I was born to southern parents who enjoyed fishing, hiking and picking wild berries. During the summer my father would call home from his office to my mother and remind her to get the fishing poles ready. My job was to search the backyard for worms and night crawlers as my mother mixed her concoction of cornmeal, dough and some other ingredient that fish seemed to be very attracted to. Dinner was prepared after organizing the equipment. My dad was so very organized! He came home, kissed my mom, went upstairs to their room, got out of his suite, took a shower, (as a kid I never understood and still do not understand what the shower had to do with going into the woods to get dirty again. LoL) dressed and ate. All of this took about 20 minutes or less.
My parents very seldom fished at fishing holes that were easily accessible, and they could tell where a fishing hole was simply by looking at the sky. We trudged through the woods for about ten to fifteen minutes before arriving at a location that seemed to be untouched by man and we fished until sun down. My mom was enjoyable to watch. She fished with a bamboo pole. Mom always sat in her lawn chair with a huge straw hat. No one would be safe if they were less than ten feet of her. Mom got so excited, that when she got a bite, she would whip that pole out of the water very fast!! I’ve gotten hit in the face a few times by a fish at the end of her pole; LOL! My dad was a master; very patient. He would sit on the bank with a grey cap on his head, just gazing into the water; his mind was miles away. Legs half crossed, the reel and rod in his right hand and a cigarette in his left hand. All of a sudden, the silence is broken by the rapid clicking of his reel and out comes the BIGGEST bull head catfish that I had ever seen in my young life.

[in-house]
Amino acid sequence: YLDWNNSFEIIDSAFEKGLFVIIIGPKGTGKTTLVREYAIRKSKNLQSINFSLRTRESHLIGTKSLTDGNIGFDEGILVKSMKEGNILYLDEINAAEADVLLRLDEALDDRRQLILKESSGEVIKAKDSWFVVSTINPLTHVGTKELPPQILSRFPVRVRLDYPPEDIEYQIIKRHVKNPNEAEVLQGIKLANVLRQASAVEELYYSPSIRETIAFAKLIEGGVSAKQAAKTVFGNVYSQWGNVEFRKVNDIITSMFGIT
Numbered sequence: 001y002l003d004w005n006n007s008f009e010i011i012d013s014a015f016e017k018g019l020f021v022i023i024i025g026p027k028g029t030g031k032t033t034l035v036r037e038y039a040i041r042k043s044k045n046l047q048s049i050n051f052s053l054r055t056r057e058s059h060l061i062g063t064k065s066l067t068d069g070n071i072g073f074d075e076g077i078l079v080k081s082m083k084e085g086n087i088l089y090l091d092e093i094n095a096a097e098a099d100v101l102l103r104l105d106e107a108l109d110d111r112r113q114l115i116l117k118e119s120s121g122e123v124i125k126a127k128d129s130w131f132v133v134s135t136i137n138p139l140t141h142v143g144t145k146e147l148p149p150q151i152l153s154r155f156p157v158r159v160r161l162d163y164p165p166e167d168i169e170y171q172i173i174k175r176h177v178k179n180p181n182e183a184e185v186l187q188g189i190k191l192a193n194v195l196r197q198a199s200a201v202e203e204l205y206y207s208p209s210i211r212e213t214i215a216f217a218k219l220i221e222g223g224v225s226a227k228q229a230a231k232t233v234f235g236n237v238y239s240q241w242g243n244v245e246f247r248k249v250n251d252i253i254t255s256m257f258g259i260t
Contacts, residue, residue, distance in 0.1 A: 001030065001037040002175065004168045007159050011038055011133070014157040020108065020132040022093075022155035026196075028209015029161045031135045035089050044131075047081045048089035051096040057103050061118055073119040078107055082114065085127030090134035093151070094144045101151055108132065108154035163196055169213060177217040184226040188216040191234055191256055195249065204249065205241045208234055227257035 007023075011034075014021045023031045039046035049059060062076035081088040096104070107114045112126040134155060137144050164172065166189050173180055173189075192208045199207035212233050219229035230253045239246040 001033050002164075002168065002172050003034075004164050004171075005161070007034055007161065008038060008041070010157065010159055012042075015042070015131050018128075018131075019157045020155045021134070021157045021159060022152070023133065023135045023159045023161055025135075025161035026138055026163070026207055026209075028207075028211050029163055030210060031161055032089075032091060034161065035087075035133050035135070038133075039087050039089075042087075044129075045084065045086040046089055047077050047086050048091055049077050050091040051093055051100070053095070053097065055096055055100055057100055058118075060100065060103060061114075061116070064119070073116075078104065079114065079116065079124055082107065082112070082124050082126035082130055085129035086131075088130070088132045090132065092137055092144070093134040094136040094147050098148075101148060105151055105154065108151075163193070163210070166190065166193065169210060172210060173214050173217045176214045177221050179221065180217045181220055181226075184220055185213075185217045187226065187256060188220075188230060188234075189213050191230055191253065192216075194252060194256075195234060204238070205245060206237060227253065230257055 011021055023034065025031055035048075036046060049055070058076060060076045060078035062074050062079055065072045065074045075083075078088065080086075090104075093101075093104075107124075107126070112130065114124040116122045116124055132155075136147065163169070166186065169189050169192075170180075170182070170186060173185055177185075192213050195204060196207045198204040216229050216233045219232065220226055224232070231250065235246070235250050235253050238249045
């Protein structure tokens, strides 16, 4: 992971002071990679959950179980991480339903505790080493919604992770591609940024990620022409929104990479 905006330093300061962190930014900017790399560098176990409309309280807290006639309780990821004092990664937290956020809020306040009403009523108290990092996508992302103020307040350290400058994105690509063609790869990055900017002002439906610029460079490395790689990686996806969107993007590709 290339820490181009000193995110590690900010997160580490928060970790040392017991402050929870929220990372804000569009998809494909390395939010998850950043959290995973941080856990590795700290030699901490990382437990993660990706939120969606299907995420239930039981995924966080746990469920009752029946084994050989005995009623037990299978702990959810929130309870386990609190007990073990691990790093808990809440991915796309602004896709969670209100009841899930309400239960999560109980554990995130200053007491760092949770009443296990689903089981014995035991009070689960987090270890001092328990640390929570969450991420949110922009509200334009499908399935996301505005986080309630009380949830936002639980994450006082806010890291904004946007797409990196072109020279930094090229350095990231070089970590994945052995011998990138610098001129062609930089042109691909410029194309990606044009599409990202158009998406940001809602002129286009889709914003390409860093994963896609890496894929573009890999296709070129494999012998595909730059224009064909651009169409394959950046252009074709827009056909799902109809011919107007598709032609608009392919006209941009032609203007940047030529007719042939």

At times we would just hike when the fish stopped biting. In the wilderness, my parents seemed to know where they were at all times.
My dad started out as a teacher and a summertime instructor for what was informally called “Youth in Danger”. He used the outdoors to get the attention of these kids. Few educators were interested in being in the wilderness nor the classroom with kids whom they had to mind unremittingly. My father had a completely different outlook. First of all he enjoyed the challenge, and knew that in the wilderness these kids would be like fish out of water with the need to rely on him to get back to civilization safely.
Dad and a few other educators took a group of these kids on a hike one year, which took six days to complete. I have no recollections as to whether they used the Appalachians trail or not, but I’ll never forget the day that he came home. My eyes were wide open as the whole family sat at the dinner table and listened to his recap of every moment; a group of stereotyped city boys; some of them street thugs, out in the wilderness; what an adventure! Little did I know that that day would be the beginning of my interest of the outdoors.
Dad was promoted to principal one year, that meant the end of the classroom adventures and the beginning a whole new group of responsibilities, which he handled very well. Little did either of us know that it was at that time that he would begin pouring the enjoyment of teaching the wonders of the outdoors onto me. I have two older siblings. One sister who feels that fishing is the most boring thing that she had ever seen, and a brother who enjoyed fishing but discovered the social advantages of being in his twenties during the late sixties.